[Right-wing commentators and political analysts are suggesting that Peña Nieto will take Mexico back to the pre-Bush/Calderon era, before the Merida Initiative, when there was no war against the cartels. The anti-neoconservatives insist that “Fast and Furious,” as well as the Chicago testimony of Sinaloa crime boss, Vicente Jesus Zambada-Niebla, prove that even during Calderon’s American-contracted drug war on Mexico, it was business as usual for the biggest cartel, the Sinaloa mafia. By stacking the DEA drug war in Sinaloa’s favor, giving them the intelligence and heavy weaponry that they needed to takeover most of the Mexican drug landscape, the United States has created a “simulated war” in Mexico, which has not affected the flow of drugs north.
If Peña Nieto believed that the ongoing drug war was the correct course and he wanted to wage it more effectively, he would simply eliminate this pro-Sinaloa bias which the DEA and friends have established. But if he was against waging open warfare across most of Central and Northern Mexico, then he would naturally choose to change the circumstances of the operation, creating a focus upon stopping the murders as his first priority. How Obama handles the pot legalization issue will ultimately determine whether Mexico even pursues the whole concept of marijuana interdiction at all, choosing instead to open the floodgates on the marijuana farming and exporting industry, taxing everything for the benefit of the Mexican state.
I certainly wish President Enrique Peña Nieto the wisdom of the ages, as he prepares to possibly set Mexico and the “Colossus of the North” on a wiser, safer course.]
by Daniel González
The Republic | azcentral.com
Mexico’s newly elected president, Enrique Peña Nieto, took office this month promising a new approach to the government’s bloody, six-year battle against the drug cartels — an effort that has left many Americans with perceptions of Mexico as an unsafe, violence-plagued country.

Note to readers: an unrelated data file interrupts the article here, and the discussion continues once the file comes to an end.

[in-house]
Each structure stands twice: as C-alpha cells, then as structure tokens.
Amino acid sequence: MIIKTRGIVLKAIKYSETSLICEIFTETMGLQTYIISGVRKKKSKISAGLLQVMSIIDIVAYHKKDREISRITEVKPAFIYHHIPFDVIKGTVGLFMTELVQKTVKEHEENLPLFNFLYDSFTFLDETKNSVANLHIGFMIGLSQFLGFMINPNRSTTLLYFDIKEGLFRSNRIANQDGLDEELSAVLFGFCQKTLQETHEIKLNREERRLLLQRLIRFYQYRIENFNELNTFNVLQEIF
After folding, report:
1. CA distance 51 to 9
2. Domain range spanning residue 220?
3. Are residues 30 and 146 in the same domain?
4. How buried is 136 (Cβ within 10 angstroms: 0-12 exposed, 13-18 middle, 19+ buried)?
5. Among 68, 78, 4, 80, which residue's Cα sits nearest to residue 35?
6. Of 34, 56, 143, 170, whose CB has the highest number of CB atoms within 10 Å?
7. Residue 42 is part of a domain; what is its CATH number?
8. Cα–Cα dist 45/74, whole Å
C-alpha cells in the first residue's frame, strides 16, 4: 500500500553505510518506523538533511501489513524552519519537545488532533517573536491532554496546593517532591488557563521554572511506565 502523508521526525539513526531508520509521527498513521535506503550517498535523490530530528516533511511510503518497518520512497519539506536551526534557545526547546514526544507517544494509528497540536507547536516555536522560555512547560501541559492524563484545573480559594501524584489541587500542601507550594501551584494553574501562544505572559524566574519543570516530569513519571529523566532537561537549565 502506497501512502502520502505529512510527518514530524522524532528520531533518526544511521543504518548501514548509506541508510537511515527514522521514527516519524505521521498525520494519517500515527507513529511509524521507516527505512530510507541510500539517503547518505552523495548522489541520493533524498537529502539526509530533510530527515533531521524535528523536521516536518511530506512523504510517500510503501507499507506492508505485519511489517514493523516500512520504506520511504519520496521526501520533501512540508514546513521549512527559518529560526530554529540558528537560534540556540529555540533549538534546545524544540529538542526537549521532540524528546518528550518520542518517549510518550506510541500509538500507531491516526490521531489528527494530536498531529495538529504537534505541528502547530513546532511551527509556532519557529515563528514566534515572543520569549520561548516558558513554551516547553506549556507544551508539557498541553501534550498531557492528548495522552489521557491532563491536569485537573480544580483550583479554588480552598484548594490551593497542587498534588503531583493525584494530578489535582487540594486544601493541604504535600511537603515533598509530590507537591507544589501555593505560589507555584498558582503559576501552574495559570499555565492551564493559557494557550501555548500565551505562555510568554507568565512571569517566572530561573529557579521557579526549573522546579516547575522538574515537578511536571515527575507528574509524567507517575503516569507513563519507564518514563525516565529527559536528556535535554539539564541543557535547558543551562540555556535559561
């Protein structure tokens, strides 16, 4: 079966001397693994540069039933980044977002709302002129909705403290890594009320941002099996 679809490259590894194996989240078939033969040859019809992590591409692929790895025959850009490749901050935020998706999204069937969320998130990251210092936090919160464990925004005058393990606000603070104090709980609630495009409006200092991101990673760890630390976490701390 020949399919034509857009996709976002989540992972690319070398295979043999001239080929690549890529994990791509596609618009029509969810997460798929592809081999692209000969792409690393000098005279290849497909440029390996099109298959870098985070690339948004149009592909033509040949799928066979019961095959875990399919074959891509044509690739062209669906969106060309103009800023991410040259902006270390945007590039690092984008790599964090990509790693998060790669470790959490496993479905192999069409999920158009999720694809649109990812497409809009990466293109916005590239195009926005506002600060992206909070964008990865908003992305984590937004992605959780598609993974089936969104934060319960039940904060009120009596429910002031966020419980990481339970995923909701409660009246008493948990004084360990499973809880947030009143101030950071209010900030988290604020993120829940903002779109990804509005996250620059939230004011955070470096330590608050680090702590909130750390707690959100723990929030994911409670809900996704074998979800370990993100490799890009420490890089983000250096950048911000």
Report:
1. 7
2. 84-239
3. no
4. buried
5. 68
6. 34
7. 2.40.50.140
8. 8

Instead of fighting the cartels head-on like his predecessor, Felipe Calder�n, Peña Nieto plans a broader approach, focusing on homicides, kidnappings and other drug-related crimes while creating jobs to make the drug trade less appealing, analysts say.
While most of the violence has been concentrated in border states away from Arizona, Arizona remains a major corridor for marijuana and other drug smuggling controlled largely by the Sinaloa Cartel, the most powerful in Mexico.
But there is concern that Peña Nieto, 46, a member of the Institutional Revolutionary Party, or PRI, will turn a blind eye to the drug cartels as happened under the old PRI, which ruled the country for more than 70 years. The party was known for corruption, autocratic rule and cozy relationships with the cartels until the more conservative and business-oriented National Action Party, or PAN, won the presidency with Vicente Fox in 2000 and again in 2006 with Calder�n.
Before cartel violence erupted, claiming the lives of 60,000 Mexicans since 2006 and making Americans fearful of visiting the country, Arizonans had for decades flocked across the border to shop in Nogales or relax on the beach in Rocky Point, known as Puerto Peñasco, in Sonora.
One of those Arizonans is Jose Alfredo Maldonado, who owns Mariscos Playa Hermosa, a Mexican seafood restaurant near downtown Phoenix.
Maldonado, 51, a naturalized U.S. citizen, grew up in the central state of Guanajuato but left 22 years ago because he was tired of life without opportunities under PRI.
“For 70 years, the PRI promised a better life for the Mexicans, and it’s just not true,” said Maldonado, sitting inside his brightly colored restaurant.
Peña Nieto, a lawyer known for his movie-star good looks and his marriage to Angelica Rivera, a popular Mexican television soap-opera actress, has put forth an ambitious agenda. The former governor of Mexico, the country’s most populous state, has vowed to reduce poverty, boost the economy, create jobs, open the national oil industry to foreign investment and, above all, stem the violence that has “robbed peace and freedom” in communities throughout Mexico.
“We are a nation that grows in two speeds,” Peña Nieto said during his inauguration speech. “There is a Mexico of progress and development, but there is also another one, living in backwardness and poverty.”
About half of Mexico’s 115 million people live in poverty, according to the World Bank.
Peña Nieto also takes over as the United States is gearing up to pass immigration reforms next year that could provide a path to legalization for 11 million undocumented immigrants, about 6 million of them from Mexico, according to the Pew Hispanic Center.
Still, even though Arizona shares 372 miles of border with Mexico, and one in four residents of the state is of Mexican descent, many Arizonans are unfamiliar with the man who will govern Mexico for the next six years and know little about his goals, including how he plans to reduce drug violence.